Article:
Serendipity and Syzygy: Fortunate Accidents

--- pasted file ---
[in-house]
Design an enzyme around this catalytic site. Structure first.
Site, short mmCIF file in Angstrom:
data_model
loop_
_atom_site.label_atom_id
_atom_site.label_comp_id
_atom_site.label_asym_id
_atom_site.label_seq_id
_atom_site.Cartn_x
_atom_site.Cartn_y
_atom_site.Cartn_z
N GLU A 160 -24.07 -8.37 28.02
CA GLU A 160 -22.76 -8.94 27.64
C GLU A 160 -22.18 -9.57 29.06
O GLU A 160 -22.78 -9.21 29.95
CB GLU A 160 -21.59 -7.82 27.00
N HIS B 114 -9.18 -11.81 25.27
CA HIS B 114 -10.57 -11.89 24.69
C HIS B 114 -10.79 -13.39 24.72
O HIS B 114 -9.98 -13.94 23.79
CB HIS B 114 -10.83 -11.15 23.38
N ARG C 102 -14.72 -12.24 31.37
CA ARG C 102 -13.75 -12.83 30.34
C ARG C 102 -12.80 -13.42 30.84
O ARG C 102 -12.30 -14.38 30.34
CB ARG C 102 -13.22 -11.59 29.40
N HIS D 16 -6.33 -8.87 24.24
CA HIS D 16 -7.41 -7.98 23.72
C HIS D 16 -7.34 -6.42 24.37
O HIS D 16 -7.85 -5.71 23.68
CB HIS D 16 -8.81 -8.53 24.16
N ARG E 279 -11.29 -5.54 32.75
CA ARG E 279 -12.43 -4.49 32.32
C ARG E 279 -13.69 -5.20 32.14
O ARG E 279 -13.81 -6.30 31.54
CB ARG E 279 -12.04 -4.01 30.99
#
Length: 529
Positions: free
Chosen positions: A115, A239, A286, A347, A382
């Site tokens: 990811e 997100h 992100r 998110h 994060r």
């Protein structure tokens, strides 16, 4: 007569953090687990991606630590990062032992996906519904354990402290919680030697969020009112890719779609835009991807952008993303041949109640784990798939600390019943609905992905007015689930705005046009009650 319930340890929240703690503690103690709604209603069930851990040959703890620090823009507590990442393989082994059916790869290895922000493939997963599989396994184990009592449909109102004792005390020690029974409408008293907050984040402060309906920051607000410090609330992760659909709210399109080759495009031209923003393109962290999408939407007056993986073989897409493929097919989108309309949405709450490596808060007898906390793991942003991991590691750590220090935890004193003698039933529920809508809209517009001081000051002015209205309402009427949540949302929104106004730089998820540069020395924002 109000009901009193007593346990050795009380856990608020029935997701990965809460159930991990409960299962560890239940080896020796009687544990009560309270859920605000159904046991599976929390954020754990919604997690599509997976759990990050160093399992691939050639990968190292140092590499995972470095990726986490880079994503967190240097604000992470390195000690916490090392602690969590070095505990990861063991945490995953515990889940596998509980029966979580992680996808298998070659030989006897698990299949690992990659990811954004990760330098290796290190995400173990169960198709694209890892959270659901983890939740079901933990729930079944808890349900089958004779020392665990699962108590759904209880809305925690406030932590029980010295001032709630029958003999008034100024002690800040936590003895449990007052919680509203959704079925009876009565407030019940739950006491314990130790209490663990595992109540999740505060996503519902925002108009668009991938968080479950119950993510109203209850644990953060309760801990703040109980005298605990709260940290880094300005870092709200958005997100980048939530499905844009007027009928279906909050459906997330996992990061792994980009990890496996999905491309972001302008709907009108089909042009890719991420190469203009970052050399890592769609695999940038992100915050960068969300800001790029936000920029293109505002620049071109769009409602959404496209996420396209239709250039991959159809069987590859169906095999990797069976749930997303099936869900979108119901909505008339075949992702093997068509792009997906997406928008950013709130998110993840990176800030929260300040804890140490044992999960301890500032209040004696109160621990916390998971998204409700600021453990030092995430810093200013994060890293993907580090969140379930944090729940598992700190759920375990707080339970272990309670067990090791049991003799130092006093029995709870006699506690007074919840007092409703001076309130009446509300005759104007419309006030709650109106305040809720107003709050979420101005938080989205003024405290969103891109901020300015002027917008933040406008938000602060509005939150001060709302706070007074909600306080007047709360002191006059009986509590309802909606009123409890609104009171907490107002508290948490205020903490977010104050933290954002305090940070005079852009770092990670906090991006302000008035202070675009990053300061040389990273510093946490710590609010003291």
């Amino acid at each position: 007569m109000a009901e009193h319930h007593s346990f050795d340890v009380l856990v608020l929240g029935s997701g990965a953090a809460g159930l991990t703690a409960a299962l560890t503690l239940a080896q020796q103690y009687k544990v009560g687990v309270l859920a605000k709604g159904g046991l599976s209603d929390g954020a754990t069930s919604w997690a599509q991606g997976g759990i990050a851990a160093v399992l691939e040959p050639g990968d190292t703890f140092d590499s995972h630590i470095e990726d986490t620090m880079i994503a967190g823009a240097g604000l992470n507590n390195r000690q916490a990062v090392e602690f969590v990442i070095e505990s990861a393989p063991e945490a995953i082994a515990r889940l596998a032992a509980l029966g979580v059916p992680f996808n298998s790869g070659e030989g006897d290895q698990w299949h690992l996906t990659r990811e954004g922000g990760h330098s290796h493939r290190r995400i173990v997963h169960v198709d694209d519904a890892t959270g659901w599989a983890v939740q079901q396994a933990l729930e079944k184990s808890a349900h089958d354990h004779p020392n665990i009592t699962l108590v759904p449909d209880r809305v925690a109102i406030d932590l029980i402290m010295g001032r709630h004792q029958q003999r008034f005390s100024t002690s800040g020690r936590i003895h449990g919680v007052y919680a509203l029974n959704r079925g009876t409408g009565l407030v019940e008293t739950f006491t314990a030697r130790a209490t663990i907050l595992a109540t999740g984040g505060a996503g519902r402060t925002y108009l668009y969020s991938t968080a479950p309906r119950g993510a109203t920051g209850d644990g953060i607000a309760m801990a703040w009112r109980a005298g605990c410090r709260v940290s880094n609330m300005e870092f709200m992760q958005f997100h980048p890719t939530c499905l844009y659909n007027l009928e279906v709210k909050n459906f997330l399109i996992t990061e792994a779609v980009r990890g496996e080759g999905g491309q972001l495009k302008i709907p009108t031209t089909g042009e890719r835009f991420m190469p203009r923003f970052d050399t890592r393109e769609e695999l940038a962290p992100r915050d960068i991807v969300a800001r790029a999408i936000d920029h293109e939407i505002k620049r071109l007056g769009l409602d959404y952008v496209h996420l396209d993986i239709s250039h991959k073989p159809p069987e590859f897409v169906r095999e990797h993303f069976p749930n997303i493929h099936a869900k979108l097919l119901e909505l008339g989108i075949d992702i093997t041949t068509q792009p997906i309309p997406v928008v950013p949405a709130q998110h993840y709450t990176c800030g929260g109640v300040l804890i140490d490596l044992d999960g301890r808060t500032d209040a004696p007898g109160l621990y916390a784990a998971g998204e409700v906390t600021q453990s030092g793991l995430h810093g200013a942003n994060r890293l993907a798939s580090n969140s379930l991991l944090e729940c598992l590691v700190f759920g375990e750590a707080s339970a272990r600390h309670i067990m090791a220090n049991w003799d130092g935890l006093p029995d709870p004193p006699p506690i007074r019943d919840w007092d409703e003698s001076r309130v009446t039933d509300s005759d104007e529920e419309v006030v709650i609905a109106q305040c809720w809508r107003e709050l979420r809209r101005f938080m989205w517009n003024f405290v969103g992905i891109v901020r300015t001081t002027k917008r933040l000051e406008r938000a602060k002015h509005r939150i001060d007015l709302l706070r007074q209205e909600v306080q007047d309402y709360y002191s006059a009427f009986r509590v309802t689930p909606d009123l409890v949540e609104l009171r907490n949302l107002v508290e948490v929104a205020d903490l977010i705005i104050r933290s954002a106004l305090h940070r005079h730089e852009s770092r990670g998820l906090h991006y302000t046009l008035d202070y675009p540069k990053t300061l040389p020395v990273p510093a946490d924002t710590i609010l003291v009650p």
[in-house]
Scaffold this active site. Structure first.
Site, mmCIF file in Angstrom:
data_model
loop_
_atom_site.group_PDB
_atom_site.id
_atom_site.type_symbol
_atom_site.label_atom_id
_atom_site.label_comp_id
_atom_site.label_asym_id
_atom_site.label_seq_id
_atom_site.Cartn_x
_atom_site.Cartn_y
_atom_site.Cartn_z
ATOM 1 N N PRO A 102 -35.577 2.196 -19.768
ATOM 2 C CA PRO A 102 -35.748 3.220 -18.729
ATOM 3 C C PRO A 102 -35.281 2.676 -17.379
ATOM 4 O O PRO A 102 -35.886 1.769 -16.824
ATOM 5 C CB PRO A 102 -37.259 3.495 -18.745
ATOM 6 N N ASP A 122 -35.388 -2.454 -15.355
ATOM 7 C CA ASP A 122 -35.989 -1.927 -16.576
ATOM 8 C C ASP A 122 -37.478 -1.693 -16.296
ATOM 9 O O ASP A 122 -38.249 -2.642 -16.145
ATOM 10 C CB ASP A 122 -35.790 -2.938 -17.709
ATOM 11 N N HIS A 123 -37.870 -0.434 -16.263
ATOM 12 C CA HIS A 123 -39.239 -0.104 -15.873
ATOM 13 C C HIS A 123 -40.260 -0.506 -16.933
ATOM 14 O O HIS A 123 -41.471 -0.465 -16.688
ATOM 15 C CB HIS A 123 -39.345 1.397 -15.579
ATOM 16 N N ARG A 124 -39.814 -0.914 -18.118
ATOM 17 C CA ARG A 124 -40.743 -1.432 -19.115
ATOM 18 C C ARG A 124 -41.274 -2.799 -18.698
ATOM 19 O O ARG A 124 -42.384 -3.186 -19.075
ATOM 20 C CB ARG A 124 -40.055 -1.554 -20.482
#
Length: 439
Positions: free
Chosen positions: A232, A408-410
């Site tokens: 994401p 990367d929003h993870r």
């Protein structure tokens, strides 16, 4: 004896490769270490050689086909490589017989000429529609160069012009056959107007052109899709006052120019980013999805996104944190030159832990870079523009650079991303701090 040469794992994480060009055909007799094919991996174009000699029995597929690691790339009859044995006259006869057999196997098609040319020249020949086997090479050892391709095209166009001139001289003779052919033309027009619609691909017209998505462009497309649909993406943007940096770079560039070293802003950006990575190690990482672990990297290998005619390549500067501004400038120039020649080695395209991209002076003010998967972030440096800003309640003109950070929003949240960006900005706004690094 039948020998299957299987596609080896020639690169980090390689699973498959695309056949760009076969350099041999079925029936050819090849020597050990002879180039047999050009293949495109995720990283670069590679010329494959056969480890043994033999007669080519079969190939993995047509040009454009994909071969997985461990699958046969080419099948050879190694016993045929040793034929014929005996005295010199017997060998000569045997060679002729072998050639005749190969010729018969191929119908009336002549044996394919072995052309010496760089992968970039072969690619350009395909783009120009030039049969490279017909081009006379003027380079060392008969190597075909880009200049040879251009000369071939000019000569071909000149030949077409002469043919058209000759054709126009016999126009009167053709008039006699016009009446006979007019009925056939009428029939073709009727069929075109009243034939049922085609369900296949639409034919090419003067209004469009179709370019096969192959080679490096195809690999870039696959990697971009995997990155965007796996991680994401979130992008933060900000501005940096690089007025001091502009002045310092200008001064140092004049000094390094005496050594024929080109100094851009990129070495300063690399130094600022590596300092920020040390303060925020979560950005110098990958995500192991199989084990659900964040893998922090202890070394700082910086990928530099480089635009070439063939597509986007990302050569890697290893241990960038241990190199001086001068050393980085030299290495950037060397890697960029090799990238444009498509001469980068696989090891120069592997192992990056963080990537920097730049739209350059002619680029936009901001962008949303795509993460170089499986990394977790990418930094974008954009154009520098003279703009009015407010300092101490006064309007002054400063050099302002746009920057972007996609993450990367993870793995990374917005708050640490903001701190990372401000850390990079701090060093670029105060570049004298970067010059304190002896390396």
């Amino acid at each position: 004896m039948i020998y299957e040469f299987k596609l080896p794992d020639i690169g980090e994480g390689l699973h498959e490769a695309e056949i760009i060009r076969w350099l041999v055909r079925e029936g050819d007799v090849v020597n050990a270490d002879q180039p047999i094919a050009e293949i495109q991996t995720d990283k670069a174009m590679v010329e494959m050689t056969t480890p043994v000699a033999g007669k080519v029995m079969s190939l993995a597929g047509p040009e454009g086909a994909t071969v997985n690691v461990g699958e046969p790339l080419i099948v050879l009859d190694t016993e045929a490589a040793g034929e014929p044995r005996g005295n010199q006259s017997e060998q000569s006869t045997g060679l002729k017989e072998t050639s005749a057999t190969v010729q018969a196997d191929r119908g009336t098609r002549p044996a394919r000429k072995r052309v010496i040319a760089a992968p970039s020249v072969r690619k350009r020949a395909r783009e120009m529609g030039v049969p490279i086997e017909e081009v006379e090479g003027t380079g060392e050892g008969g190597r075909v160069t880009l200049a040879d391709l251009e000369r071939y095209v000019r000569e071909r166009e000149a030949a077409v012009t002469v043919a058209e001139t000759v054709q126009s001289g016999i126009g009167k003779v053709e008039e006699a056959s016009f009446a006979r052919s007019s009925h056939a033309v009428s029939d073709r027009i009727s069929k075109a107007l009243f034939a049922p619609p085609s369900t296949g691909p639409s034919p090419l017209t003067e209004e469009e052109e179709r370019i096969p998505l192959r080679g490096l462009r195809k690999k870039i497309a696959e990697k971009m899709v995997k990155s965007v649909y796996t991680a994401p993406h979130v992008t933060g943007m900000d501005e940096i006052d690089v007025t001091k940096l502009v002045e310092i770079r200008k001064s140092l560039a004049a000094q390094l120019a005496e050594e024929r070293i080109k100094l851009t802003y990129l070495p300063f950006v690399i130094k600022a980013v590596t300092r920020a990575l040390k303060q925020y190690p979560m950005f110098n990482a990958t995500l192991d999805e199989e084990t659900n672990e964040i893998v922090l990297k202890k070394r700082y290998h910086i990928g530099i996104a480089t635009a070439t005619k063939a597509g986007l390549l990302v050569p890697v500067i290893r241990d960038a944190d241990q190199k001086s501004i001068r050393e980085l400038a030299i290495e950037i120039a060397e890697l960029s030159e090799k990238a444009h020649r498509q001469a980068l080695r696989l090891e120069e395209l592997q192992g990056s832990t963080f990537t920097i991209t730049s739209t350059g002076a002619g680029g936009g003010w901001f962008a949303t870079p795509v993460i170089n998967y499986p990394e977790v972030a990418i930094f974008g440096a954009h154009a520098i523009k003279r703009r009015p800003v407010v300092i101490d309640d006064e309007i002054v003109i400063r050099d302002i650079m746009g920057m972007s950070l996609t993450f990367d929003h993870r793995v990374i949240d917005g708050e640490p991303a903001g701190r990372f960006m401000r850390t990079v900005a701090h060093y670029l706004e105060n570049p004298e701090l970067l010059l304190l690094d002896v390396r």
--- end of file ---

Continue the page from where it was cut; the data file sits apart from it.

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How did a country's name end up inside the word, “serendipity"? And what’s a “syzygy"? And, more importantly, why does it have so many y’s?    Over the past year, several listeners have written to us asking about these two words. Now, we answer—with a little help. Eli Chen and Justine Paradis join us for a round of Diction Dash, where Johanna tries (and usually fails) to guess the correct origin or meaning of a word.  If you want us to cover a word on the show, get in touch! Give us a call, leave a message, and we might play it on the show. The number is 929-499-WORD, or 929-499-9673. Or, you can always send an email to  Guests:  Justine Paradis is a reporter and producer for Outside/In from New Hampshire Public Radio.  Eli Chen is senior editor of Overheard at National Geographic.  Footnotes & Further Reading:  More on how a syzygy helped free the Suez ship at the Wall Street Journal Read The Three Princes of Serendip Credits:  Science Diction is produced by Johanna Mayer and Senior Producer and Editor Elah Feder. Daniel Peterschmidt composed all our music. Fact checking by Robin Palmer. Nadja Oertelt is our Chief Content Officer.
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